There’s a saying in Gaelic, “Chan fhiach cuirm gun a còmhradh.” It means,”A feast is no use without good talk.” And I believe that, which is probably why I have a food blog. I like to talk, and eat, so it’s really only fitting I talk about eating. Irish people are known for being given the gift of gab and I definitely inherited that from the Irish sides of my family. I have a blog where I actually think people care about whatever I have to say about food… if that’s not a perfect example, I don’t know what is.
Wouldn’t be St. Patrick’s Day without some Belleek!
As I mentioned a few days ago, I have a favorite Irish soda cake recipe that cannot be replaced. However, I saw this recipe on the King Arthur Flour website and I just needed to try it. I do not like raisins or currants in my breads, and while I do like caraway seeds, I had to make some without because Jay does not. So I totally omitted the raisins/currants but used the caraway seeds (only 1 teaspoon). I also didn’t have crystal sugar, so I used green sparkling sugar on the tops of some; the others I left plain. All in all, they were delicious.
IRISH SODA BREAD MUFFINS (from King Arthur Flour)
- 1 ½ cups all-purpose flour
- ¾ cup whole wheat flour
- 2 teaspoons baking powder
- ¼ teaspoon baking soda
- ½ teaspoon salt
- ⅓ cup granulated sugar
- 1 ½ cups currants (first choice) or raisins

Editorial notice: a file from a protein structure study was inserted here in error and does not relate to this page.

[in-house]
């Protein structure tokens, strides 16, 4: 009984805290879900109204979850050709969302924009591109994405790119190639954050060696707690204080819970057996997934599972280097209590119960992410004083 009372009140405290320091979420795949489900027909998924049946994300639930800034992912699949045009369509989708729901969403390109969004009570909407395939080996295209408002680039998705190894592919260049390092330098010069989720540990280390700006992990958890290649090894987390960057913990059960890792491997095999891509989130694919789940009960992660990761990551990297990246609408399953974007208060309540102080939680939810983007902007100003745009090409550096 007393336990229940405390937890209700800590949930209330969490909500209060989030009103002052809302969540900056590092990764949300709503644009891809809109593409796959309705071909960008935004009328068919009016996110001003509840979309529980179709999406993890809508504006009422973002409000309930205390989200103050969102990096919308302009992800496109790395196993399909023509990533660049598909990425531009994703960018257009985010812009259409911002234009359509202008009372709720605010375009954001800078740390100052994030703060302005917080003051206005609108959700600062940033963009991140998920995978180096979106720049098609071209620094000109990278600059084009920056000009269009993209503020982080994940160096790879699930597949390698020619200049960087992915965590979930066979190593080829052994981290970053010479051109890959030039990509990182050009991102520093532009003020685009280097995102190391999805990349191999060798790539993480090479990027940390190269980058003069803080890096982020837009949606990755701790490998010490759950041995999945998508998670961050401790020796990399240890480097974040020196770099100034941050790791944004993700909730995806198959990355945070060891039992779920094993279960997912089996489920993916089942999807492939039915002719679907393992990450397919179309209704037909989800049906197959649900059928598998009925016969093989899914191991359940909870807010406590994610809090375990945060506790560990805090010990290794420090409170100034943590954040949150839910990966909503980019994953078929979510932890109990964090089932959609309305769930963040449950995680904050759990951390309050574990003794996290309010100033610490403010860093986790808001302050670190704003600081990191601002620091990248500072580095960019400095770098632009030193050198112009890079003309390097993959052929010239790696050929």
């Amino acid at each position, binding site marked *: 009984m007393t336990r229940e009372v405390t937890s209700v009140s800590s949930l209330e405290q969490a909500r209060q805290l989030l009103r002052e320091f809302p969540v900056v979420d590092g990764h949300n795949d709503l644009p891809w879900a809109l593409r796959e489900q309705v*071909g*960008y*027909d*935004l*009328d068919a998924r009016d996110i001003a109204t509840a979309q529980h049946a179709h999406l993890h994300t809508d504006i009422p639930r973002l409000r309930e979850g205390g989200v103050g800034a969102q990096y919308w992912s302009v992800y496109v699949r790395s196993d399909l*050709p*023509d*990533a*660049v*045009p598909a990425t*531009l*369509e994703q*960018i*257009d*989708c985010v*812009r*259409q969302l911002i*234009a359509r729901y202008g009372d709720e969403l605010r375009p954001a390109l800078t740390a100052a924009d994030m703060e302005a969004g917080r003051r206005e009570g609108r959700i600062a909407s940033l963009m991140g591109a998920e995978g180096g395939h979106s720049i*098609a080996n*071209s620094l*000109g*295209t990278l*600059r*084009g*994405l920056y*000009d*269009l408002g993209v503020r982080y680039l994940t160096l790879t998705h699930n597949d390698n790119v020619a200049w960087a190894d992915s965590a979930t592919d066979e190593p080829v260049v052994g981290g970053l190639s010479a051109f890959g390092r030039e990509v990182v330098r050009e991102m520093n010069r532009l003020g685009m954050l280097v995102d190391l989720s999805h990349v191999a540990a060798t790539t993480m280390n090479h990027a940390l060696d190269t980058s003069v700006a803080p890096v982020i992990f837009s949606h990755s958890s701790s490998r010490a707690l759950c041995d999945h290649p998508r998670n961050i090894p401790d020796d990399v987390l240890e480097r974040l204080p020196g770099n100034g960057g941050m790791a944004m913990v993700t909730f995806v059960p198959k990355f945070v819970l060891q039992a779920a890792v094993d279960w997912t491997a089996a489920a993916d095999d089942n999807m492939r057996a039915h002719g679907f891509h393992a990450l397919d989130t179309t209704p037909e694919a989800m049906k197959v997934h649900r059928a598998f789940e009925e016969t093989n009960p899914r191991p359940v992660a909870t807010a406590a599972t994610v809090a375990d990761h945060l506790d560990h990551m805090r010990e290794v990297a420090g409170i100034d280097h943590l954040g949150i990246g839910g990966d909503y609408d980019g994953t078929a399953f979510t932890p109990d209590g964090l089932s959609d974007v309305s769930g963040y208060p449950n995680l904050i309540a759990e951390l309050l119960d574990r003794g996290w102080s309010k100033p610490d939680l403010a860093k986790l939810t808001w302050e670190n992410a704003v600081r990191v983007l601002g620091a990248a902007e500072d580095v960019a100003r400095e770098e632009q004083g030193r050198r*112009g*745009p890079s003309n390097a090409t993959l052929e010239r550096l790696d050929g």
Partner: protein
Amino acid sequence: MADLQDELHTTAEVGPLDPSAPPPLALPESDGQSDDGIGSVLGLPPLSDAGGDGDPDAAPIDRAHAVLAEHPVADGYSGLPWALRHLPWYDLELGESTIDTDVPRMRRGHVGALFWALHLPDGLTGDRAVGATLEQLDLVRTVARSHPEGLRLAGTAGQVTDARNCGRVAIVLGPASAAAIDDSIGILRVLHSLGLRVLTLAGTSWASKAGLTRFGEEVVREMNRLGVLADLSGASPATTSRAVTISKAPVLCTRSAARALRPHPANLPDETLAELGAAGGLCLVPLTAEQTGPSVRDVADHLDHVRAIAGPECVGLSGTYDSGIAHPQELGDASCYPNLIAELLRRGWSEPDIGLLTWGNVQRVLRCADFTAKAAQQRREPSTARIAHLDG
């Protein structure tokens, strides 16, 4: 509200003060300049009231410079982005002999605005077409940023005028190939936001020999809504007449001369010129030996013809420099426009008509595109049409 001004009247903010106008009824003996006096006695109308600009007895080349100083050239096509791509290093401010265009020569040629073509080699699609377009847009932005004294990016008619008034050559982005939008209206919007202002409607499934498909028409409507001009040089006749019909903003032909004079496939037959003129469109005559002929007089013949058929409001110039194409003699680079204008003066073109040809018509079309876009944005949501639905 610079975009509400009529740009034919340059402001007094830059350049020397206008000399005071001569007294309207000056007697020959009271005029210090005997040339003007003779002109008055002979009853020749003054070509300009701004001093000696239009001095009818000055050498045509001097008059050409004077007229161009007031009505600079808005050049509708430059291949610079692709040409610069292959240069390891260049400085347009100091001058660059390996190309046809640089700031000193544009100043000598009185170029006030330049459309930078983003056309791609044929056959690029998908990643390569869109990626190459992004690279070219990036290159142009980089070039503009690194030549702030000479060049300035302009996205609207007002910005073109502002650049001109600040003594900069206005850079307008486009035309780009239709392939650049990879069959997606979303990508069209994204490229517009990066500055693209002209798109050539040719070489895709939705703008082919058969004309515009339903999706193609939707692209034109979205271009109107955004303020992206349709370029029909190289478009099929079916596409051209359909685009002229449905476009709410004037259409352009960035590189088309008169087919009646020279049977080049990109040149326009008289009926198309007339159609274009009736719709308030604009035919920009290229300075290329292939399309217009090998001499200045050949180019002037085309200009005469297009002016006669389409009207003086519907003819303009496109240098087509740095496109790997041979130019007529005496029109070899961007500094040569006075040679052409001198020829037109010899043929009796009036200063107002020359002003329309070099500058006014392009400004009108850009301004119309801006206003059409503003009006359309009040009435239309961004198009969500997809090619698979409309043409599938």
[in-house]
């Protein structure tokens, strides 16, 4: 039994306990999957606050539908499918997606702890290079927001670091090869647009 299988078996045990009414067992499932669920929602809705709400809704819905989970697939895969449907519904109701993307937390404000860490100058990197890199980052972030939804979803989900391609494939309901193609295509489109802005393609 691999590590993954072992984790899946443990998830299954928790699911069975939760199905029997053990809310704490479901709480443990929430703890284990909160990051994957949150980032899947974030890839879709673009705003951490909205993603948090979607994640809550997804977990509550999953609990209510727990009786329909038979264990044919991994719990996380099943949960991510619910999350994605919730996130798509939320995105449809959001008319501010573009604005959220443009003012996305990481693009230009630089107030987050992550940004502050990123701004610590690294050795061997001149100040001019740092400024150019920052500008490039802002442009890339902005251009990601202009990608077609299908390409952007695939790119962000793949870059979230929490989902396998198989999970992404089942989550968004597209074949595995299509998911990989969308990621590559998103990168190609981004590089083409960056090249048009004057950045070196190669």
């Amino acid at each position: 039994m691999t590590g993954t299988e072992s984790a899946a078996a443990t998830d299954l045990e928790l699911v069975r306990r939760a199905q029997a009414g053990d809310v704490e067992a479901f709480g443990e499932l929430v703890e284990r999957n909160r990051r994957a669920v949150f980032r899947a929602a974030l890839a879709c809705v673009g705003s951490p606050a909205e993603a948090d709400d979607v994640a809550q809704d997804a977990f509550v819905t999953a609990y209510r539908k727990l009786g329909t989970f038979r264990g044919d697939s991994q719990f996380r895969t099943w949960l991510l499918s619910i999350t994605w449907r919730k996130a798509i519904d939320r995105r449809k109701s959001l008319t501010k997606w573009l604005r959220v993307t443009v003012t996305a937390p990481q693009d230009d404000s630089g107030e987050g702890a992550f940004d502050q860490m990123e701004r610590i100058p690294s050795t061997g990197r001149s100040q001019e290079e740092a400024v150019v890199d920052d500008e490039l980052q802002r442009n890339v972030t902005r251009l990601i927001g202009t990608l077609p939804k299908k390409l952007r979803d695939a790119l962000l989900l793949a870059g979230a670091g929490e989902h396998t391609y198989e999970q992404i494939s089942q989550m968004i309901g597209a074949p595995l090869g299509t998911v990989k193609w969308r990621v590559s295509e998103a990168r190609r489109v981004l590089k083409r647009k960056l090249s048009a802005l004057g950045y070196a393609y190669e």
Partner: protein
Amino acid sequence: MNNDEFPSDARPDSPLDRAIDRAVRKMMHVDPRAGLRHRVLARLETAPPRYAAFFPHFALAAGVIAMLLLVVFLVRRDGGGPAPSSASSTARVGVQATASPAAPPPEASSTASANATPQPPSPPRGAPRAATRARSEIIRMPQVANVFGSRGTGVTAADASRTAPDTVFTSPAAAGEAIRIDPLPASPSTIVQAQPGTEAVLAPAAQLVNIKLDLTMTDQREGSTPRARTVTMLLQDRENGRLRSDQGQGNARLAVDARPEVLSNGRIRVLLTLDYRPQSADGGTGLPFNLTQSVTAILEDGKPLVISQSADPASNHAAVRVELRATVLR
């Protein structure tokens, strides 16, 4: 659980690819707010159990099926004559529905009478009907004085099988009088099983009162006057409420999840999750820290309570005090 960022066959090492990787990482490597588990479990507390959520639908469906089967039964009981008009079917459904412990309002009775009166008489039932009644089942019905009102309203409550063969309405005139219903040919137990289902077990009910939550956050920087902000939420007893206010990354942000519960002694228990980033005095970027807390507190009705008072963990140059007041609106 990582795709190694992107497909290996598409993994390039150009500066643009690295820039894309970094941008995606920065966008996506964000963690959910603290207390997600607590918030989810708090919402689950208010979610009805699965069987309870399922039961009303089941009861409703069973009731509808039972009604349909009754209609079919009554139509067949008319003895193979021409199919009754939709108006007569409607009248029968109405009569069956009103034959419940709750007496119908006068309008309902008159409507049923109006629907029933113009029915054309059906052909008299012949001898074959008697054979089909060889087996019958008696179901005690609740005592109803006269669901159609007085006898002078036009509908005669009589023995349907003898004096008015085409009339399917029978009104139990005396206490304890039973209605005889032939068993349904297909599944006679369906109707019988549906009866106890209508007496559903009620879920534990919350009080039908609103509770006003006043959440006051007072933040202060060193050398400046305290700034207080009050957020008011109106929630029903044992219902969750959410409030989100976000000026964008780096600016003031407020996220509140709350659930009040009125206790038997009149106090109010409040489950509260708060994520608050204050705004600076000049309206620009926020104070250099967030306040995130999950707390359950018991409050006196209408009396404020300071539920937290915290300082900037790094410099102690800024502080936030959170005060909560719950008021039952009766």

- ½ to 2 teaspoons caraway seeds, to taste
- 1 large egg
- 1 cup buttermilk, yogurt, or sour cream
- 6 tablespoons butter, melted; or ⅓ cup vegetable oil
- sparkling white sugar, for topping
- Preheat the oven to 400°F. Lightly grease a standard muffin pan; or line with papers, and grease the papers.
- In a medium-sized mixing bowl, whisk together the flours, baking powder, baking soda, salt, sugar, currants or raisins, and caraway seeds.
- In a separate bowl, whisk together the egg, buttermilk (or equivalent) and melted butter (or equivalent).
- Quickly and gently combine the dry and wet ingredients; honestly, this won’t take more than a few stirs with a bowl scraper or large spoon. As soon as everything is evenly moistened, quit; further stirring will cause the muffins to be tough.
- Spoon the batter into the prepared pan, filling the cups about ¾ full; the stiff batter will look mounded in the cups. Top with sparkling white sugar, if desired.
- Bake the muffins for 20 minutes, until a cake tester inserted into the center of a muffin comes out clean. Remove them from the oven. Tip the muffins in the pan, so their bottoms don’t get soggy. Wait 5 minutes, then transfer the muffins to a rack to cool. Serve them plain, or with butter and/or jam.
I prefer to use the melted butter as opposed to vegetable oil in Irish soda breads/cakes/muffins. It lends a better flavor. I also like to use buttermilk, but I used half plain whole milk yogurt and half buttermilk in this recipe (½ cup of each). If you’re really a person of the British Isles, you can use clotted cream on them as well. Some people like marmalade. I like them plain, or sometimes warm right out of the oven with some butter.
The liners are the colors of the flag of Ireland, in case you didn’t realize. Duh.